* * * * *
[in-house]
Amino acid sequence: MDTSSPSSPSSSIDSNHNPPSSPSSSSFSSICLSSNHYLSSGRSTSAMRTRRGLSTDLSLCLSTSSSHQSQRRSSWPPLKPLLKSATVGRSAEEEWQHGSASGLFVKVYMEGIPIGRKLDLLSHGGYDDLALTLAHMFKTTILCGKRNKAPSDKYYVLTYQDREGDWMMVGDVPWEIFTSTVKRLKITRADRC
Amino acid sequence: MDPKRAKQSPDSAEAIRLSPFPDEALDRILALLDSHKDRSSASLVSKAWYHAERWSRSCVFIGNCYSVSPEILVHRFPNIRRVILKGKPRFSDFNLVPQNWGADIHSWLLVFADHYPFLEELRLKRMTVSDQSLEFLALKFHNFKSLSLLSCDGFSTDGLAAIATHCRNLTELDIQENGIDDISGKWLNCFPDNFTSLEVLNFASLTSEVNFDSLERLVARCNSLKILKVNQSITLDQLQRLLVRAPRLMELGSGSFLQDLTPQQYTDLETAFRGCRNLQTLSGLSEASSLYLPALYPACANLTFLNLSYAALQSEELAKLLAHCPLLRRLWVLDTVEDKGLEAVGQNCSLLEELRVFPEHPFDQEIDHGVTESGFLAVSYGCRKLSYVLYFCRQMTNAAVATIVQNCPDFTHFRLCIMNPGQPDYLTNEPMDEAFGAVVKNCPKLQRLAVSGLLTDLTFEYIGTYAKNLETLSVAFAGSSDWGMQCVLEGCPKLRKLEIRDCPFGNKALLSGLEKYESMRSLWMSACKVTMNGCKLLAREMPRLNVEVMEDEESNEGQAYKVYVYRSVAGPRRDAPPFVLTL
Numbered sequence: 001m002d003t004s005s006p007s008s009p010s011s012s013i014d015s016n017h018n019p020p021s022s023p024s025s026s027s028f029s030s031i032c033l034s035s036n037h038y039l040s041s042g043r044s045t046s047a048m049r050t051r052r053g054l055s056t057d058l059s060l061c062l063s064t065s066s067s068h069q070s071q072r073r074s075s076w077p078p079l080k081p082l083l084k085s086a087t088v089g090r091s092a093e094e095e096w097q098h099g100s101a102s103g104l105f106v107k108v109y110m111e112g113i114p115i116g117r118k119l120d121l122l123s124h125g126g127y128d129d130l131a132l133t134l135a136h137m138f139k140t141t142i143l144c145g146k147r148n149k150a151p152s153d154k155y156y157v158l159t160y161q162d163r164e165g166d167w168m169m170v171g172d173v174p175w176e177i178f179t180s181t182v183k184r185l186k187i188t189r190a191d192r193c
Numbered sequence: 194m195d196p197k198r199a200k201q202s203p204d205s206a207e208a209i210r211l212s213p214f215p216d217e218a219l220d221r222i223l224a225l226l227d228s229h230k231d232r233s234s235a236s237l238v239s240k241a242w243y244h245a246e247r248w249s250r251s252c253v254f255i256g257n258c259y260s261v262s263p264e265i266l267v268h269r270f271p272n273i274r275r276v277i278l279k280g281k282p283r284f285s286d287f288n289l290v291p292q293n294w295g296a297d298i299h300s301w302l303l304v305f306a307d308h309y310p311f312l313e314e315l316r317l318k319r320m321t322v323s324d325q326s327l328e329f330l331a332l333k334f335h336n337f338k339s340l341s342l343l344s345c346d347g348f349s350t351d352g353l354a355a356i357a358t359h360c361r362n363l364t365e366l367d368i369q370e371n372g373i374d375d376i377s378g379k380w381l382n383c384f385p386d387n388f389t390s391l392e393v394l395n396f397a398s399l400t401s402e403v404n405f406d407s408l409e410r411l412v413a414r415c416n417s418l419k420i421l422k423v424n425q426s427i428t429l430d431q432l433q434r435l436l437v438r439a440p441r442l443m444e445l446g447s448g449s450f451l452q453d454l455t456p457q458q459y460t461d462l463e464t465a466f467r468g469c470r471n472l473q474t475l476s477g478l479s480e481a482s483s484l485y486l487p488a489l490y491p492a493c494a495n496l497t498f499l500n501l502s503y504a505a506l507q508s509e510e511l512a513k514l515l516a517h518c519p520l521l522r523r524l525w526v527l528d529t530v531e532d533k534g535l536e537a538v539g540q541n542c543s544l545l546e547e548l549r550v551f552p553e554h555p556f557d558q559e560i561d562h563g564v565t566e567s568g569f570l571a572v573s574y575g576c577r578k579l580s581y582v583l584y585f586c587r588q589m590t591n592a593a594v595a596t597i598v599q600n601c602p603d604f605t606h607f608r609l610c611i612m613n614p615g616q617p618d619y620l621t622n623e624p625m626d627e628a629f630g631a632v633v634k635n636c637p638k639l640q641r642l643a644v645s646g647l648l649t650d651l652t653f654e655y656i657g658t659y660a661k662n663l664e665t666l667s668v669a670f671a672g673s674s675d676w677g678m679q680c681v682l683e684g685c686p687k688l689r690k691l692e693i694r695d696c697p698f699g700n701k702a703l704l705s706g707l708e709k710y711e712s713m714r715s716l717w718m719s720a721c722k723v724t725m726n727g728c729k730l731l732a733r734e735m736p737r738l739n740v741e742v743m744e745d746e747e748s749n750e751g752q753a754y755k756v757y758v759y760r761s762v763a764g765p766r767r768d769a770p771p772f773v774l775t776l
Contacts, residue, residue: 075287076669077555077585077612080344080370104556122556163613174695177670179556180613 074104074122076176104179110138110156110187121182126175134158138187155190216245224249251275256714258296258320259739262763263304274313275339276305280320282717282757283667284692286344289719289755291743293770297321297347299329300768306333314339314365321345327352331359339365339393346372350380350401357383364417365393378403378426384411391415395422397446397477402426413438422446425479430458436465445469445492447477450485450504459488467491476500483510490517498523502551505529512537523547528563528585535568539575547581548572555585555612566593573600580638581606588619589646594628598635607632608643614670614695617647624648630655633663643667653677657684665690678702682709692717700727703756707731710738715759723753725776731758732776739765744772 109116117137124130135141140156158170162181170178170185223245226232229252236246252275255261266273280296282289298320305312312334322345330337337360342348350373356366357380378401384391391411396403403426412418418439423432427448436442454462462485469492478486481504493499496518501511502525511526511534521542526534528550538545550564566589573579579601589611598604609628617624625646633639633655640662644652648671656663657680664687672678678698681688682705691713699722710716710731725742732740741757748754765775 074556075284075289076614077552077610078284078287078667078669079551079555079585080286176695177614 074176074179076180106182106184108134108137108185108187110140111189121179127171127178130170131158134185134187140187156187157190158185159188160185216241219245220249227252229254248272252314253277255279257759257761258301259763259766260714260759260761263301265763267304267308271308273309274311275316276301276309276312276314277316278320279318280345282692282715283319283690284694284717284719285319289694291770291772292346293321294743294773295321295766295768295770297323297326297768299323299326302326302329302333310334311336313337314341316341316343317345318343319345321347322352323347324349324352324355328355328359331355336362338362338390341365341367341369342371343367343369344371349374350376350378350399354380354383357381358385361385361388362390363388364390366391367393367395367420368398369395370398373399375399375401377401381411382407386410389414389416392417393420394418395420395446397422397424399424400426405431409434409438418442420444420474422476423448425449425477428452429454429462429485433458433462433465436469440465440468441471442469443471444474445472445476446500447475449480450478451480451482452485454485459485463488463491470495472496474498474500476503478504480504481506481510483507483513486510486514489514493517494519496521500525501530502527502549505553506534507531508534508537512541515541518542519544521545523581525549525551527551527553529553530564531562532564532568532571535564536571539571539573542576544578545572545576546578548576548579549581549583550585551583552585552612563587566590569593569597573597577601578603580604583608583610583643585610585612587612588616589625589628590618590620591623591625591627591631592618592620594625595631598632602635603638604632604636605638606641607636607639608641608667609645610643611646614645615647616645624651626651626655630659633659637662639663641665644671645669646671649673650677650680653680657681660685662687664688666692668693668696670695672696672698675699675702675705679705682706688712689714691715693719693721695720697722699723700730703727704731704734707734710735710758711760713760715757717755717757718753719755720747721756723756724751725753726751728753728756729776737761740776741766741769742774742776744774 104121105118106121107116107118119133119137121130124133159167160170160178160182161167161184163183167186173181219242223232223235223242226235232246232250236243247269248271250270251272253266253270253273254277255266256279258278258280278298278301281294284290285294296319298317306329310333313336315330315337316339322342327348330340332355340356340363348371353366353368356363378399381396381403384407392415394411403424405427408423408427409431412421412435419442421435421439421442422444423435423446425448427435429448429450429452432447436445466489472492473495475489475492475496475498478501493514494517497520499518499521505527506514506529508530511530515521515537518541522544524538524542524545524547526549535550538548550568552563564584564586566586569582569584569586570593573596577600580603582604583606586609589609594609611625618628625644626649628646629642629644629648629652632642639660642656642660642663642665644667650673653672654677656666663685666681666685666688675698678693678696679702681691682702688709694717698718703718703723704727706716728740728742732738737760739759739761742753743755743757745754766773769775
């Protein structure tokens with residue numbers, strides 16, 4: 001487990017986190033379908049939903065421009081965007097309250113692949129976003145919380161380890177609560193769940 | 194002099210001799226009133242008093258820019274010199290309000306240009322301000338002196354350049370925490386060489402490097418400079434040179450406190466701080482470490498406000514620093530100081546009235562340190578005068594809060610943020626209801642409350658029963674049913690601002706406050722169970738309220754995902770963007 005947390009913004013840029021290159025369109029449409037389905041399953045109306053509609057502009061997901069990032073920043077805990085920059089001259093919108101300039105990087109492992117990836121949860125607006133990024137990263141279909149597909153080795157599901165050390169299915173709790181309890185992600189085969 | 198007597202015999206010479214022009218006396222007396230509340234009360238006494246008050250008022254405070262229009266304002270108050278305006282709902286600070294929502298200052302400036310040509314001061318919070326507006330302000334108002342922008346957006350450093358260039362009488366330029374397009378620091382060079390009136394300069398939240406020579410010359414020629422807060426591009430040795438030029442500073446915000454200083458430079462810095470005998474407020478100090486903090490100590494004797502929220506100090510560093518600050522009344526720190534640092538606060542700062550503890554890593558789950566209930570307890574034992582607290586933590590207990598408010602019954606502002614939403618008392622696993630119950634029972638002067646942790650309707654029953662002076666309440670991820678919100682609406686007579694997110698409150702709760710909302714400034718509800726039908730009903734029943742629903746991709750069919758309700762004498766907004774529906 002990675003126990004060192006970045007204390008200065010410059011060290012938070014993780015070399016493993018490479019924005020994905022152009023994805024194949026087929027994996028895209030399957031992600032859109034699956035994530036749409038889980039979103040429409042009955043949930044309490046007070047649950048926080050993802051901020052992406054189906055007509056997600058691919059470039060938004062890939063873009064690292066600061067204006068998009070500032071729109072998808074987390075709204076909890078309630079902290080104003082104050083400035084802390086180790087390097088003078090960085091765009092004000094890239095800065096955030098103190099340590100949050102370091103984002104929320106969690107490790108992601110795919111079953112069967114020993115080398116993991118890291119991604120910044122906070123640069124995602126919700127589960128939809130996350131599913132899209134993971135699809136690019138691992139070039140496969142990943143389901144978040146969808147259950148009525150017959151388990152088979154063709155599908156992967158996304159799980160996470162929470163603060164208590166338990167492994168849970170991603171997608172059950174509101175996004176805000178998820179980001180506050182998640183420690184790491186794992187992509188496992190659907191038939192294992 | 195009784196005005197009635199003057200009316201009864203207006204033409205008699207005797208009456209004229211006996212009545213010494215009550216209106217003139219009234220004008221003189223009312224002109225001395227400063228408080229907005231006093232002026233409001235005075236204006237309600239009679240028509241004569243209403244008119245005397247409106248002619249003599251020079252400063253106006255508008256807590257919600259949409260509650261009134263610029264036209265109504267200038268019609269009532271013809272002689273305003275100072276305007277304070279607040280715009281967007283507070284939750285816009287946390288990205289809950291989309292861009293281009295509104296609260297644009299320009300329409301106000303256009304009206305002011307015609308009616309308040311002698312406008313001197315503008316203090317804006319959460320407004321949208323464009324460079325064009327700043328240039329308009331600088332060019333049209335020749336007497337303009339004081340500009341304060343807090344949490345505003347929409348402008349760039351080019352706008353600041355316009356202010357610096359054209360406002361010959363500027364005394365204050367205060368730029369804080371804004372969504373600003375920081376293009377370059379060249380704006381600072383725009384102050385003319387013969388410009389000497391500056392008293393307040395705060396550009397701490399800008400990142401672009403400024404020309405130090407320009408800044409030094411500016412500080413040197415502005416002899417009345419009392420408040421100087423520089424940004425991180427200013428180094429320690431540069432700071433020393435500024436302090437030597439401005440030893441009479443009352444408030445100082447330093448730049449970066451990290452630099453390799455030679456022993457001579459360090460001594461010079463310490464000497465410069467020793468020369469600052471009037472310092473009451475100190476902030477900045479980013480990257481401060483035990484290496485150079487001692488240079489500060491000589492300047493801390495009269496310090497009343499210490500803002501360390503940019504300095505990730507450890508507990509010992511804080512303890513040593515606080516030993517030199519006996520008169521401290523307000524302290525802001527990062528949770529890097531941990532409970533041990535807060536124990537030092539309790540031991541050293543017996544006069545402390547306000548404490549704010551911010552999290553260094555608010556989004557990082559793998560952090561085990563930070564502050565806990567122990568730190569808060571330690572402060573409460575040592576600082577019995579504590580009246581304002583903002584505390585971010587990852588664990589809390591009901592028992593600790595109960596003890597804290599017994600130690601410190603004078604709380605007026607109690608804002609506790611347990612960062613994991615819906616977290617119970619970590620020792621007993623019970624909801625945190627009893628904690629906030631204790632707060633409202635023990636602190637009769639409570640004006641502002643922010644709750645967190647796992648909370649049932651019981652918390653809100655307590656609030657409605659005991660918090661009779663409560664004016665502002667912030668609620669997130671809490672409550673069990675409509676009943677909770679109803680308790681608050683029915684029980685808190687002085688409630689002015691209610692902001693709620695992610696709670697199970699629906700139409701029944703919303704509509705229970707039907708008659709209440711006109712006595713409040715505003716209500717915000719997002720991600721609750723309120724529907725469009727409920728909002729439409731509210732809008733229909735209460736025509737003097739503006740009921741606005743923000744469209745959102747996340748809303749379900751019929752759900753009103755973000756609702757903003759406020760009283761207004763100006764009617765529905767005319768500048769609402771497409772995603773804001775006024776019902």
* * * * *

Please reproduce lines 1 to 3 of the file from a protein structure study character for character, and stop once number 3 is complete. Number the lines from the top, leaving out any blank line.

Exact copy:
[in-house]
Amino acid sequence: MDTSSPSSPSSSIDSNHNPPSSPSSSSFSSICLSSNHYLSSGRSTSAMRTRRGLSTDLSLCLSTSSSHQSQRRSSWPPLKPLLKSATVGRSAEEEWQHGSASGLFVKVYMEGIPIGRKLDLLSHGGYDDLALTLAHMFKTTILCGKRNKAPSDKYYVLTYQDREGDWMMVGDVPWEIFTSTVKRLKITRADRC
Amino acid sequence: MDPKRAKQSPDSAEAIRLSPFPDEALDRILALLDSHKDRSSASLVSKAWYHAERWSRSCVFIGNCYSVSPEILVHRFPNIRRVILKGKPRFSDFNLVPQNWGADIHSWLLVFADHYPFLEELRLKRMTVSDQSLEFLALKFHNFKSLSLLSCDGFSTDGLAAIATHCRNLTELDIQENGIDDISGKWLNCFPDNFTSLEVLNFASLTSEVNFDSLERLVARCNSLKILKVNQSITLDQLQRLLVRAPRLMELGSGSFLQDLTPQQYTDLETAFRGCRNLQTLSGLSEASSLYLPALYPACANLTFLNLSYAALQSEELAKLLAHCPLLRRLWVLDTVEDKGLEAVGQNCSLLEELRVFPEHPFDQEIDHGVTESGFLAVSYGCRKLSYVLYFCRQMTNAAVATIVQNCPDFTHFRLCIMNPGQPDYLTNEPMDEAFGAVVKNCPKLQRLAVSGLLTDLTFEYIGTYAKNLETLSVAFAGSSDWGMQCVLEGCPKLRKLEIRDCPFGNKALLSGLEKYESMRSLWMSACKVTMNGCKLLAREMPRLNVEVMEDEESNEGQAYKVYVYRSVAGPRRDAPPFVLTL